Stimulating the brain's left temporoparietal junction causes people to perceive copies of themselves in the room!
Many people from psychiatric and neurologic patients to healthy subjects have described having a strange sensation that someone is near when no one is actually there. It isn’t known how the illusion is triggered by the brain. In an experiment of a patient undergoing presurgical evaluation for epilepsy treatment, some answers were found.
By applying focal electrical stimulation, of the left temporoparietal junction, the illusion of a person closely shadowed changes in the in the patient’s body position and posture. It’s possible that it was caused by a multisensory processing of body and self at the temporoparietal junction.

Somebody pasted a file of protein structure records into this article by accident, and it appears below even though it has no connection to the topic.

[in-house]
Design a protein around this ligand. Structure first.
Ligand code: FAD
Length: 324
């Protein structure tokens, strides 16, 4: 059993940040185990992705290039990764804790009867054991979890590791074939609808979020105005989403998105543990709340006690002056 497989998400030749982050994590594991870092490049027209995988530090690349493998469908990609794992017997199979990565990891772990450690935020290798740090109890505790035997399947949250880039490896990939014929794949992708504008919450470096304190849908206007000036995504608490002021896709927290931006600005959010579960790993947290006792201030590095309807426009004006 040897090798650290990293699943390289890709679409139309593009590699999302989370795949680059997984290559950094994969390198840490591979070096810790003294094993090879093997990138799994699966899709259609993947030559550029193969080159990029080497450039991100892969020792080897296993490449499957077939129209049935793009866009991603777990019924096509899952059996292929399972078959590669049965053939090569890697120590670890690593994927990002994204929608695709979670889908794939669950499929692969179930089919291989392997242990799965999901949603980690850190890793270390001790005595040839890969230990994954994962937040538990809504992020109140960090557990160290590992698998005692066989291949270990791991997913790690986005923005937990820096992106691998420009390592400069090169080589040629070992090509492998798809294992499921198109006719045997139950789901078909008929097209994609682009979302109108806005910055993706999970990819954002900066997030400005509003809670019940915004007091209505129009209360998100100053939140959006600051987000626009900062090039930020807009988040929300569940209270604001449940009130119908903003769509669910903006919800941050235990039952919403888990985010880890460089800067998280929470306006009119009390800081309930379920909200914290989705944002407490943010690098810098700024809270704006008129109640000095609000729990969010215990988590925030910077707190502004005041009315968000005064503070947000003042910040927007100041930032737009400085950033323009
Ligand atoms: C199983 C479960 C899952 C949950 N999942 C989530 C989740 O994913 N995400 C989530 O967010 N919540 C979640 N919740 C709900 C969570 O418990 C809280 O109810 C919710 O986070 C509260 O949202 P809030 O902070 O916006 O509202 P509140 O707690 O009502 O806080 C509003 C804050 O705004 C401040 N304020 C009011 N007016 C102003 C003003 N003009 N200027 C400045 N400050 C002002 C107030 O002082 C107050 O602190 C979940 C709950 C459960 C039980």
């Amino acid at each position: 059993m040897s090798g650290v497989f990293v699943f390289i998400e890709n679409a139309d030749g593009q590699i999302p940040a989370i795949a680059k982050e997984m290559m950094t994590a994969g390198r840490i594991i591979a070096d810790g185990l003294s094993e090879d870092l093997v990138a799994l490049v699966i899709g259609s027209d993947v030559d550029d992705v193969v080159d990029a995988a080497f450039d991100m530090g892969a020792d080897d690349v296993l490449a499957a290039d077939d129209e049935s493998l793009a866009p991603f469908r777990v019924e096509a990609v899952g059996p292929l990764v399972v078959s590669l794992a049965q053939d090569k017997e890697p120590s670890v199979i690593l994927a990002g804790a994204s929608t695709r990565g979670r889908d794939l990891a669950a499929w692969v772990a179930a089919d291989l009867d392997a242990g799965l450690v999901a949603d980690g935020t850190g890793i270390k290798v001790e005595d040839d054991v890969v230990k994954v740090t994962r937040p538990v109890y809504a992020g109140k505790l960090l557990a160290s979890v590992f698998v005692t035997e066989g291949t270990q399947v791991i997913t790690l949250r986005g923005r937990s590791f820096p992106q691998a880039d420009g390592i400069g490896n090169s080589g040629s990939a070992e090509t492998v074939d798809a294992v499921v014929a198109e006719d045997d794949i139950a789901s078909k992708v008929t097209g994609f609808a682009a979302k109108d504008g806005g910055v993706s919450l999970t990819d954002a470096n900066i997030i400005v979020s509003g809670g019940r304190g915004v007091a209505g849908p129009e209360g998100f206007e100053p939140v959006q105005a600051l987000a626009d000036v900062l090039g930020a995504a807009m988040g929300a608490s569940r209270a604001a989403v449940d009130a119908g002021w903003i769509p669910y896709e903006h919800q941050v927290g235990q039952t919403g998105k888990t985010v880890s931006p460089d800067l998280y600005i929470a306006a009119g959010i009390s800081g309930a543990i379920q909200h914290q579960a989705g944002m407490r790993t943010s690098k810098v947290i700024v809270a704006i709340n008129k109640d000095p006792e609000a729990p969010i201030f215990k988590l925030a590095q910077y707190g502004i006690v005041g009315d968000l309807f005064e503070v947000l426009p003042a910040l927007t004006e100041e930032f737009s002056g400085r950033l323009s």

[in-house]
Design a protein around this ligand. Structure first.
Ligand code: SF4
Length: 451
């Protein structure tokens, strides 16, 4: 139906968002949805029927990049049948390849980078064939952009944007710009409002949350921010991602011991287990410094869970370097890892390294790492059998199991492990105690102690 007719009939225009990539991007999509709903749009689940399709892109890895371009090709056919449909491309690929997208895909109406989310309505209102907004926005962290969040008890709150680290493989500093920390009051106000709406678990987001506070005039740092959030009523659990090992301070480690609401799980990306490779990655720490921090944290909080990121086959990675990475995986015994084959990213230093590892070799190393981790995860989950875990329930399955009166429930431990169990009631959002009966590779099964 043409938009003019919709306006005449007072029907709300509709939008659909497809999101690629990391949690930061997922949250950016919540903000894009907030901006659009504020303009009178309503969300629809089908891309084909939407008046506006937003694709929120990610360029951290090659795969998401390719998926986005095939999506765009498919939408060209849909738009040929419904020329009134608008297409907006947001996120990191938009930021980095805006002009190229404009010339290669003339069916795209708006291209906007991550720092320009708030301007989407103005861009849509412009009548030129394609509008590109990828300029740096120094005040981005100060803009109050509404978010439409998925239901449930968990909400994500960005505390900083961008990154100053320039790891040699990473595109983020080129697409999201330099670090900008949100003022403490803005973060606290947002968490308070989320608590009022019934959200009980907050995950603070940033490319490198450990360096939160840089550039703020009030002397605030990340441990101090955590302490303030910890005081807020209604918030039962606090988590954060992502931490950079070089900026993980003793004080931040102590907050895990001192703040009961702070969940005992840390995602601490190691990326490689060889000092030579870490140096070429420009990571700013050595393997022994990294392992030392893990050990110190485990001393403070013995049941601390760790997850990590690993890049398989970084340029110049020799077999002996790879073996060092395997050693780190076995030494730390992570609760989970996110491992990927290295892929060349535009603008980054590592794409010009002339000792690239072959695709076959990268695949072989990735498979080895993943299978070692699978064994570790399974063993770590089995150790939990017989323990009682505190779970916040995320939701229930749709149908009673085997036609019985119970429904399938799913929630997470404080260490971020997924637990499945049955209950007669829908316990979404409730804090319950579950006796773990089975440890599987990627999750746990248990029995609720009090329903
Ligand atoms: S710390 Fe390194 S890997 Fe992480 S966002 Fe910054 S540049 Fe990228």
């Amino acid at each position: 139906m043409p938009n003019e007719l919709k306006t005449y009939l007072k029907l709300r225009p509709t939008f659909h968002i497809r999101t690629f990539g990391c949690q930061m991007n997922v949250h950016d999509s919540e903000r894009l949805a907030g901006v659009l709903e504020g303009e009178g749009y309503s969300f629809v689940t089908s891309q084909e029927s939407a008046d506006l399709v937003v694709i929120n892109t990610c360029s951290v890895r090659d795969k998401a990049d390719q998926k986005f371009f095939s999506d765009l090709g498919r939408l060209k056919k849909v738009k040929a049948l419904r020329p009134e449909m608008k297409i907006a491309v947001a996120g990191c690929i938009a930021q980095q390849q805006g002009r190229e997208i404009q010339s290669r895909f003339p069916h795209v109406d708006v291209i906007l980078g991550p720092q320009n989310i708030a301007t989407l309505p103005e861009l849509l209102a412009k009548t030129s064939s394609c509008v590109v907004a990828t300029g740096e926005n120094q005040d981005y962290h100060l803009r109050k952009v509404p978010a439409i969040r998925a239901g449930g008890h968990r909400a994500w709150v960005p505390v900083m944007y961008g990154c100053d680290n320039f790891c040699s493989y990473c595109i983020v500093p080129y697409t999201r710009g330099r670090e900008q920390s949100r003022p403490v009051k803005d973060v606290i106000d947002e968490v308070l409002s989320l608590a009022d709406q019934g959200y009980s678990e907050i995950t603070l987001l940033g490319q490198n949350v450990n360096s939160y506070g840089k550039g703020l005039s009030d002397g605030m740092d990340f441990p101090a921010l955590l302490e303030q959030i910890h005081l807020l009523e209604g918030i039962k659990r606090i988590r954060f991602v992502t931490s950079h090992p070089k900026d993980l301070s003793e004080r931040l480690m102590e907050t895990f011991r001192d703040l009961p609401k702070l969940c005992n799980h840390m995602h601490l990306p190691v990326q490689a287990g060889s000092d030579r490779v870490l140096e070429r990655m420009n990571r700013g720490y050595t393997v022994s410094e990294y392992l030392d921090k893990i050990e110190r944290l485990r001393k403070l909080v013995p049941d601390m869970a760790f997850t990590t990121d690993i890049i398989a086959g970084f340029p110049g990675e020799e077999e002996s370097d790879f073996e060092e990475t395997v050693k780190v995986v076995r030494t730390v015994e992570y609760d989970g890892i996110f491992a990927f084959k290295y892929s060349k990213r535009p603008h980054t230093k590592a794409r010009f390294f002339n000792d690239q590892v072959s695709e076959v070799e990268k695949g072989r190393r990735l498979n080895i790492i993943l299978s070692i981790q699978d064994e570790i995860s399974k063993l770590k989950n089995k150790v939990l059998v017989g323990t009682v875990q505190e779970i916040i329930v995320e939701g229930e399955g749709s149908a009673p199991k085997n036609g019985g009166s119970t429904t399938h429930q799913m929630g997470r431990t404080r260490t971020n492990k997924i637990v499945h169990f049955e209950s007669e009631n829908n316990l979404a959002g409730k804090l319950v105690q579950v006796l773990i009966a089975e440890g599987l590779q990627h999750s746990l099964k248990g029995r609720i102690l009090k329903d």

The temporoparietal junction is where the temporal lobe and the parietal lobe of the brain intersect. The temporal lobe is located on both sides of the brain and is involved in the auditory perception of the brain. It is also key in the semantics of speech and vision.
The parietal lobe is home of sensory information from different modalities, particularly determining spatial sense and navigation. The perception of having copies of you is sort of a déjà vu effect.